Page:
Local Arts Reviews
Reviewed by Robi Polgar, Fri., July 11, 2003
Julius Caesar: Smooth OperatorsAustin Playhouse, through July 13
Running Time: 2 hrs, 30 min
While a Democrat will tie himself in knots trying to play by the rules, often humiliating himself in the process, a Republican will do whatever it takes to win, not always to noblest effect: Watergate, Iran-Contra, the tarnished victory in the 2000 presidential election, the campaign to recall California Gov. Gray Davis, and Texas' own charming right-wing offensive to redraw the state's congressional districts -- these are but a few of the high-profile shenanigans of the American right (this paper hasn't the room to list all the lesser ones). It's evidence of that party's desire to create a monopoly on power -- the sort of monopoly once enjoyed to excess by the emperors of Rome.
And behind the exposed and prosecuted faces of the vagabonds of the right (John Dean, Oliver North, Katherine Harris, Darrell Issa, Tom DeLay -- match each to his or her ignoble escapade above) are the power brokers, political consultants pulling the strings from way, way up in the deep, dark fly house. For the last two Republican regimes, the operators' operators were Lee Atwater (who died acknowledging the theatrical farce of politics in a rather Democrat-esque apologia, gross!) and his disciple, Karl Rove (who may discover a way to cheat death the way he's cheating on taxes). While the Deans and Norths fell on their swords (yet emerged oddly unbloodied; thank you, Fox TV), political masterminds Atwater and Rove have seen immortality beckon. Yet where would either be without the brilliant example of the prime political consultant of 2,000 years ago, Marc Antony? Now there was an operator! From the slightest opening -- the opportunity to speak second to the people in the marketplace at Caesar's funeral -- Antony wrought an empire from a democracy, ousting the nerdy senatorial pantywaists for a line of ever-more-dangerous dictators that lasted till Rome burned and the barbarians took over. But that is a story for another play.
This story, deftly directed by Paul Norton for the Austin Shakespeare Festival, isn't a primer on how the Grand Old Party keeps humbling a Congress of asses -- but it might as well be. Brutus, Cassius, and their Democratic lot get their knickers in twists about Caesar's popularity growing out of proportion to his elected officialdom; that bad boy is not playing by the rules, dammit! Their solution is to rid Rome of this emerging threat to democracy by publicly knifing him to death and orating an explanation to the horrified masses. And so the Ides of March, the multiple stab wounds, the speeches, the recriminations, the irrational political decisions, the civil war, and the resulting empire that is exactly what Brutus, Cassius, and their Democratic lot wished to avoid. Don't pose for photos in a tank if you don't know how to fire the guns! While the Democrats dither and fritter away their advantage and popular support, Marc Antony slides in like D'Israeli on his greasy pole, working his political magic. It's terrifyingly familiar.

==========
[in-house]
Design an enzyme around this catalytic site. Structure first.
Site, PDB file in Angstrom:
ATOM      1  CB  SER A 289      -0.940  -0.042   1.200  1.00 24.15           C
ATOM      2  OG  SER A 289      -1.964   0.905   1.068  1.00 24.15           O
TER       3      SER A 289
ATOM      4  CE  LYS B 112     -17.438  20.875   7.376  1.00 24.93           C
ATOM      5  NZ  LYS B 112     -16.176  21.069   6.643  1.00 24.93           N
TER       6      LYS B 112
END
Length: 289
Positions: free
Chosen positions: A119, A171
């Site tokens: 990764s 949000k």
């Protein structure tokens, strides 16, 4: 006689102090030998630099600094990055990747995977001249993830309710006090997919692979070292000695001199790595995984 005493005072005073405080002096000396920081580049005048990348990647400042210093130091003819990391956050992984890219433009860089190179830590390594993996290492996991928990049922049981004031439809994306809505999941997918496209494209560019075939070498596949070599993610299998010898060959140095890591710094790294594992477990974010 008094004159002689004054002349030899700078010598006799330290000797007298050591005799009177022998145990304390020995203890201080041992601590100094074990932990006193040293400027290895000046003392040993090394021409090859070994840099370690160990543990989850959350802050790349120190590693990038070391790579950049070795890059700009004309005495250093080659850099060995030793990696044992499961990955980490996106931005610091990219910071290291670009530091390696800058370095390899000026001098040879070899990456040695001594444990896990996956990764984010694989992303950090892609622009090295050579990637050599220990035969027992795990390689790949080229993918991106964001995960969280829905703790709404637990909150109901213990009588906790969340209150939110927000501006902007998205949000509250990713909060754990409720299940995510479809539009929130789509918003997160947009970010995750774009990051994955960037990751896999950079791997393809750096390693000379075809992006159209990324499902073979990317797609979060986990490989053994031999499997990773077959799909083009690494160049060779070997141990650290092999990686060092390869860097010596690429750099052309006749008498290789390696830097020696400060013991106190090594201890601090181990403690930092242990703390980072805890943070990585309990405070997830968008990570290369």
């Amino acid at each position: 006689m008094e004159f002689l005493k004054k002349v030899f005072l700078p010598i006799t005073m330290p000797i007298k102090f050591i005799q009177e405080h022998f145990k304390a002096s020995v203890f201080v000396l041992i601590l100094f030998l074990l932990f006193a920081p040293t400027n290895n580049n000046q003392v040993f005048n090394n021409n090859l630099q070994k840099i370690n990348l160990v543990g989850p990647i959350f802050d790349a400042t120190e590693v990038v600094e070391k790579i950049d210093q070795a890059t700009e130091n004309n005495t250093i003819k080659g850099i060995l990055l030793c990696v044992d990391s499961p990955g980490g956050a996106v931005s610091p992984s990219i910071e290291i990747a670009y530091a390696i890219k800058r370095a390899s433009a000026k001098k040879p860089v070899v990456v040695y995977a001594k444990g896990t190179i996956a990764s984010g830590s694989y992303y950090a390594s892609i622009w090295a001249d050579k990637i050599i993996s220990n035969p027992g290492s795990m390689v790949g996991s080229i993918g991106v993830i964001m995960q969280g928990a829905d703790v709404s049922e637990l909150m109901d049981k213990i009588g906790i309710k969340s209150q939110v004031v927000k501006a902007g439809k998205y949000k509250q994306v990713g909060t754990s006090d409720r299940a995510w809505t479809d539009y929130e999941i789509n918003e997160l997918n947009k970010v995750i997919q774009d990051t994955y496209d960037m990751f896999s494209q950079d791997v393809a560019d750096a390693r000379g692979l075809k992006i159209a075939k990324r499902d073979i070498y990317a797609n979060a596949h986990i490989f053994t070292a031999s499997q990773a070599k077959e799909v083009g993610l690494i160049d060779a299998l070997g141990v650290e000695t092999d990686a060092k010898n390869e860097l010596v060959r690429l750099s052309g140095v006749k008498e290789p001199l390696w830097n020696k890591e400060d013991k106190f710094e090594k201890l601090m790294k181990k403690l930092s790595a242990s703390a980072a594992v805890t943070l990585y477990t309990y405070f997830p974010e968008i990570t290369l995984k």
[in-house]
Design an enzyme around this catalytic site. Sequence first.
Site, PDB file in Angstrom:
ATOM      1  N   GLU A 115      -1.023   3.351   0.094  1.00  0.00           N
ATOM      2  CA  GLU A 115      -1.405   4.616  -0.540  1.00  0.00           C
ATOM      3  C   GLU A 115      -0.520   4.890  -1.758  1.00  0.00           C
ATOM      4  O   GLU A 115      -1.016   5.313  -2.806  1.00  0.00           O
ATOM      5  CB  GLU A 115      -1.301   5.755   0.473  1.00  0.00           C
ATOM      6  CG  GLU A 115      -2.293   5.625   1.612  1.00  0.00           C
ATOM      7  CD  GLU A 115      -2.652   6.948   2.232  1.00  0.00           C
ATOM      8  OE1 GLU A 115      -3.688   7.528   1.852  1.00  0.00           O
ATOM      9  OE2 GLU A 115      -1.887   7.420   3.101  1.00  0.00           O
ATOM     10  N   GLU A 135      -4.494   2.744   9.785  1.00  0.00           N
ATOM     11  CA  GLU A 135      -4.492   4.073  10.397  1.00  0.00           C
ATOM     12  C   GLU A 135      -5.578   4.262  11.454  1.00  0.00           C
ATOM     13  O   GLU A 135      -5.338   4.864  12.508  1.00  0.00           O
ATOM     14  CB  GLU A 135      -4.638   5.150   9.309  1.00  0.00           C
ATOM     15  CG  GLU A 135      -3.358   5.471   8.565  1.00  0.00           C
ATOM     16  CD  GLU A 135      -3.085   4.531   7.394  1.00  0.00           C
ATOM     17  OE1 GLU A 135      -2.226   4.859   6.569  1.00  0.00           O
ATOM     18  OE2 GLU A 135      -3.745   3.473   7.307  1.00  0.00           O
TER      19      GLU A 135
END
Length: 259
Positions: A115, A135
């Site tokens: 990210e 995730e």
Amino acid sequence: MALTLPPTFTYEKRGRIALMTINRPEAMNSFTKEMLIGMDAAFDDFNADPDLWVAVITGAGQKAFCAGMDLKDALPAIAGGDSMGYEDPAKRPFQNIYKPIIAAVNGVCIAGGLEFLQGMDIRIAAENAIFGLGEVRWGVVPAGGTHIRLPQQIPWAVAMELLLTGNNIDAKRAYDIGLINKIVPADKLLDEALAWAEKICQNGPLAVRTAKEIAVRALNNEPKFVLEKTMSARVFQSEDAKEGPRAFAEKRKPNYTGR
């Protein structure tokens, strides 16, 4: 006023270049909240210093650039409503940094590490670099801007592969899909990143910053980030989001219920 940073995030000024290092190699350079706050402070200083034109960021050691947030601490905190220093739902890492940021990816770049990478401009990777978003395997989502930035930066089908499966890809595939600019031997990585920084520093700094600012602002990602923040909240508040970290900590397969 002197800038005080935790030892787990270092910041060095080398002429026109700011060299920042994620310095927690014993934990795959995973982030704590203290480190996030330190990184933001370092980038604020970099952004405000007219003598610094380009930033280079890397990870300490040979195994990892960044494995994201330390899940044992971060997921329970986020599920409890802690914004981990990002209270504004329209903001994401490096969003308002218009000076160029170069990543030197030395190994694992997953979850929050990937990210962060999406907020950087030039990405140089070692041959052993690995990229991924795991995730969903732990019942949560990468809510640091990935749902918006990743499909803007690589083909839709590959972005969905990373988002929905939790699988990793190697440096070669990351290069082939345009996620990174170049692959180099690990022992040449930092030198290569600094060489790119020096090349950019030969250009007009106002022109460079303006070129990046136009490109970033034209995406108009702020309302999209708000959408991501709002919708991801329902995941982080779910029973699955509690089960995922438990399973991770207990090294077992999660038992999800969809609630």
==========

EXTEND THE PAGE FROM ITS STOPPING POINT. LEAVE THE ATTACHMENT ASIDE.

In an interesting twist, Norton has cast an all-female ensemble (save for the titular character), and it works quite well. Especially effective are Babs George as the brooding, misanthropic Cassius and Susan Dickson as the know-it-all Brutus. While George lurks and slinks, full of bright ideas but unable to articulate them from the darkness of her inferiority complex, Dickson's Brutus makes one puffed-up poor decision after the next, leading to the (surprise!) annihilation of herself, her comrades, and Rome's popular government: Is Brutus on the ballot for the Democratic presidential nomination yet? Well, it's only a matter of time.
Stealing the show, and the entire empire, is Monika Bustamante's Marc Antony. Cold and distant at first, yet honestly freaked out at the murder of her friend and boss, Bustamante's Antony brilliantly makes the transition from terrified survivor to calculating dominator. The ensemble offers a variety of well-explored characters, with Rebecca Roberts making a fine local debut as Portia. The production isn't without its shortcomings: The opening scene is somewhat confusing, and the emblematic stage combat doesn't quite work. Plus, it is hard to recreate "mob" or even "crowd" out of a mere handful of extras. Still, the production is aptly timed and should keep the audience thinking of the eerie parallels between Marc Antony seizing control of the political dialogue and what Mr. Rove is up to these days. The threat that Rove might actually succeed in helping George W. Bush to some sort of Caesarian sweep of power probably won't result in the political assassination of his ward; but with the current crop of Democrats in opposition, Rove won't have to resort to fratricide to attain his -- and his party's -- immortality. Have you registered to vote?